Deliciously Easy Hand Held Bundles to Stuff, Wrap & Relish
by Nina Simonds (William Morrow)
you've been wrapped up in wraps the last few years and think you've
had your fill, leave a little room for Nina Simonds' Asian Wraps.
Wraps, of course, have been the hottest thing to hit the sandwich
world since sliced bread. And that's precisely their function, to
take the place of sliced bread. Flour tortillas, or other "wrappers,"
are topped with tempting fillings, rolled and tucked. With all the
outstanding rustic, home-style "boutique" breads on the market today,
though, I frankly never understood the pull of wraps. I'd rather
have my sandwich filling safely ensconced between two thick slices
of a stunning rosemary or kalamata olive bread. But Simonds prompted
me to leave my bread for breakfast toasting. Her wraps are glorious
concoctions of bold flavors with good reason to be wrapped. In Asian
tradition, she uses such wrappings as spring roll, egg roll, won
ton, dumpling, nori and rice wrappers and lotus and cabbage leaves.
sure hand with Asian cuisine (she's written many acclaimed Asian
cookbooks, including Asian Noodles and Classic Chinese
Cuisine) is apparent in the more than 75 beautifully photographed
recipes. She clearly explains all ingredients.
leaves, for example, would be used for steamed packages of food
and can be replaced by parchment paper. Cooks of Chinese food often
like the perfume the leaves lend to their steamed packets of rice
and meat. The leaves are not eaten and need to be softened before
use in hot water. When buying Mandarin pancakesa staple in
Northern China available in the U.S. frozen in Asian markets and
as takeout from some Chinese restaurantslook for thin ones.
Known to restaurant patrons as the wrapping for mu shu pork, they
are also wonderful stuffed with barbecued poultry and can be replaced
by flour tortillas. Simonds also tells you how to make your own
Mandarin pancakes. Once you've gotten your hands on some Mandarin
pancakes, you can get an idea of Simonds' savvy styleshe offers
both traditional and trendy turns.
Shu Shrimp starts with a classic marinade of rice wine or saké,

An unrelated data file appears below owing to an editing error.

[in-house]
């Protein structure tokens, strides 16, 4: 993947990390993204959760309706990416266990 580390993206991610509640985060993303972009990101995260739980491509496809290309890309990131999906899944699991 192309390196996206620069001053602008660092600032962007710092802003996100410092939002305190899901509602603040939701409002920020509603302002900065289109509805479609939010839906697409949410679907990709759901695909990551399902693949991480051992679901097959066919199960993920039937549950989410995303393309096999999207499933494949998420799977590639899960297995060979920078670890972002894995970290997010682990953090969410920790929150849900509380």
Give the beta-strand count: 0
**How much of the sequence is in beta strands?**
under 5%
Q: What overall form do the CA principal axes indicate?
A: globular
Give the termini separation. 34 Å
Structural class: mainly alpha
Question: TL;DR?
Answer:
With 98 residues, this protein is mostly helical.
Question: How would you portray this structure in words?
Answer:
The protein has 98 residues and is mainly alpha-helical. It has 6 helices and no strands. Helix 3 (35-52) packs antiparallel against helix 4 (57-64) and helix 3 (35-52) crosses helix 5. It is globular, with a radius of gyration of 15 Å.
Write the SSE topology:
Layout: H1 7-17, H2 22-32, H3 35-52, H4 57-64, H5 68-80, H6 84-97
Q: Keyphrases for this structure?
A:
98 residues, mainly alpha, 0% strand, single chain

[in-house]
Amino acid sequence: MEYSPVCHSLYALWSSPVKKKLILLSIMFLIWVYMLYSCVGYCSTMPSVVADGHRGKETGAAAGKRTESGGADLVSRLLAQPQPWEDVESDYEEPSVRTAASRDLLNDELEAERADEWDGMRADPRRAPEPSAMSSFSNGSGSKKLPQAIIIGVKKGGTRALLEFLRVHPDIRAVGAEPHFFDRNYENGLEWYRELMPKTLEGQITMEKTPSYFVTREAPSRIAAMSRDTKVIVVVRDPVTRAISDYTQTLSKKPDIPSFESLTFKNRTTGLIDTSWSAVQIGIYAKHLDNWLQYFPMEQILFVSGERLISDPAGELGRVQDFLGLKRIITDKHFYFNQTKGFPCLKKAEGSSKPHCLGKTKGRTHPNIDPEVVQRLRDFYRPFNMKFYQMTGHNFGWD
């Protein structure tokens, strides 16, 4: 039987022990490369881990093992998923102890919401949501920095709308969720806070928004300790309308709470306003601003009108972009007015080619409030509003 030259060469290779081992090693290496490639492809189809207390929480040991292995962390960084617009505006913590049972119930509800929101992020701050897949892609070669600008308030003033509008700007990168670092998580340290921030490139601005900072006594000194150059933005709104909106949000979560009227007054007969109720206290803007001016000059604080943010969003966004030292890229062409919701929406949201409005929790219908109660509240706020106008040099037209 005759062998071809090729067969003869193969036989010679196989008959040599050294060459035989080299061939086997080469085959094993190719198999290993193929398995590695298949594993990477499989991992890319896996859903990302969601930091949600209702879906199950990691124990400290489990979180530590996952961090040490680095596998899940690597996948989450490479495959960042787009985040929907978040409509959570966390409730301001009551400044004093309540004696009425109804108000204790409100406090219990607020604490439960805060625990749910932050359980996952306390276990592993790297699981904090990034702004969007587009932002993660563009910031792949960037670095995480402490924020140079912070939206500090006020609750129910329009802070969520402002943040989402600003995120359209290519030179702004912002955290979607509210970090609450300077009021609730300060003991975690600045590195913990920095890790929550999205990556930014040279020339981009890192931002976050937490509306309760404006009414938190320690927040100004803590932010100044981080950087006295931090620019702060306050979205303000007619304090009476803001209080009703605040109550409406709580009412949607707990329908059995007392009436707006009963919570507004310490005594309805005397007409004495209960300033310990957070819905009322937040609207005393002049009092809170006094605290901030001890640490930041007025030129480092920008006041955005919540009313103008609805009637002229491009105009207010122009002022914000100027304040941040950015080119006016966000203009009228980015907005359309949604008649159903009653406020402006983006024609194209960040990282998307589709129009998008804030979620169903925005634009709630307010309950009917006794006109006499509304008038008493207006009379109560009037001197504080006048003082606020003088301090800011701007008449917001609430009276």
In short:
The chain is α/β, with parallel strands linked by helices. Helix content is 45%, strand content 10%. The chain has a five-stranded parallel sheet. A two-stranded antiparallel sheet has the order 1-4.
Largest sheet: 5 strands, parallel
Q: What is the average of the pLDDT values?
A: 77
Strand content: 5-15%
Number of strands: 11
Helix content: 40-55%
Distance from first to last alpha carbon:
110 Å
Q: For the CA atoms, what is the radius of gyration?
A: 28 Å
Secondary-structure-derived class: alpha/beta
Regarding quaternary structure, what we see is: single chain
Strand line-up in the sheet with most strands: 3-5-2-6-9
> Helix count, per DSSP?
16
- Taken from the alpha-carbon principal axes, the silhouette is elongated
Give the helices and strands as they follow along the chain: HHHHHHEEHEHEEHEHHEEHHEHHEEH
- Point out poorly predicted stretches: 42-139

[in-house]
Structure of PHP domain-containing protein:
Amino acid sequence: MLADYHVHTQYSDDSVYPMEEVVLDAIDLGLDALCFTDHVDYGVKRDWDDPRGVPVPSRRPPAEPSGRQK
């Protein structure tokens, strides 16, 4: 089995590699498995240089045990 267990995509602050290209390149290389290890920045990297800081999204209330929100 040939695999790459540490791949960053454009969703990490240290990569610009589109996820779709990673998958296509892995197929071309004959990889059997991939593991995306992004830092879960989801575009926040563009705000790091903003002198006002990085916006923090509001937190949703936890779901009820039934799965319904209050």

fresh ginger and sesame oil. The shrimp is stir-fried with egg,
Chinese black mushrooms, leeks, Chinese cabbage and more fresh ginger
and rice wine or saké. A traditional hoisin sauce is made from soy
sauce, sugar, ground black pepper, cornstarch and rice wine or saké
and then smeared onto the Mandarin pancake.
Lamb With Flash-Cooked Fennel, though, is Simonds' completely original
take on what would make an outstanding Mandarin pancake filling.
The filling of seared sliced lamb with pink center is tossed with
slices of fennel, red bell pepper and scallions and a light soy
sauce-Chinese black vinegar (or Worcestershire) dressing.
repeats these kinds of traditional/trendy scenarios with similarly
sumptuous results. She'll tell you, for instance, how to make wonderful
classics like won tons (and spicy Sichuan ones), Chinese dumplings,
Vietnamese spring rolls (and Chinese and Cantonese ones) and sushi.
But she'll probably dazzle you even more with her own inventive
wraps such as Chinese Jerk Chicken with Mango Salsa in flour tortillas,
Grilled Miso Salmon With Sweet-and-Sour Cucumbers in butter lettuce
wrappers, Barbecued Halibut with Spicy Cilantro Paste in flour tortillas
and Fried Wild Mushroom Rice Wraps in Chinese cabbage leaves served
with a spicy Korean dipping sauce. To wrap up this whole thing,
following is one of Simonds' takes on a classic recipe followed
by a purely modern turn.
Chinese Spring Rolls
Jerk Chicken with Mango Salsa
(Updated: 10/30/08 SB)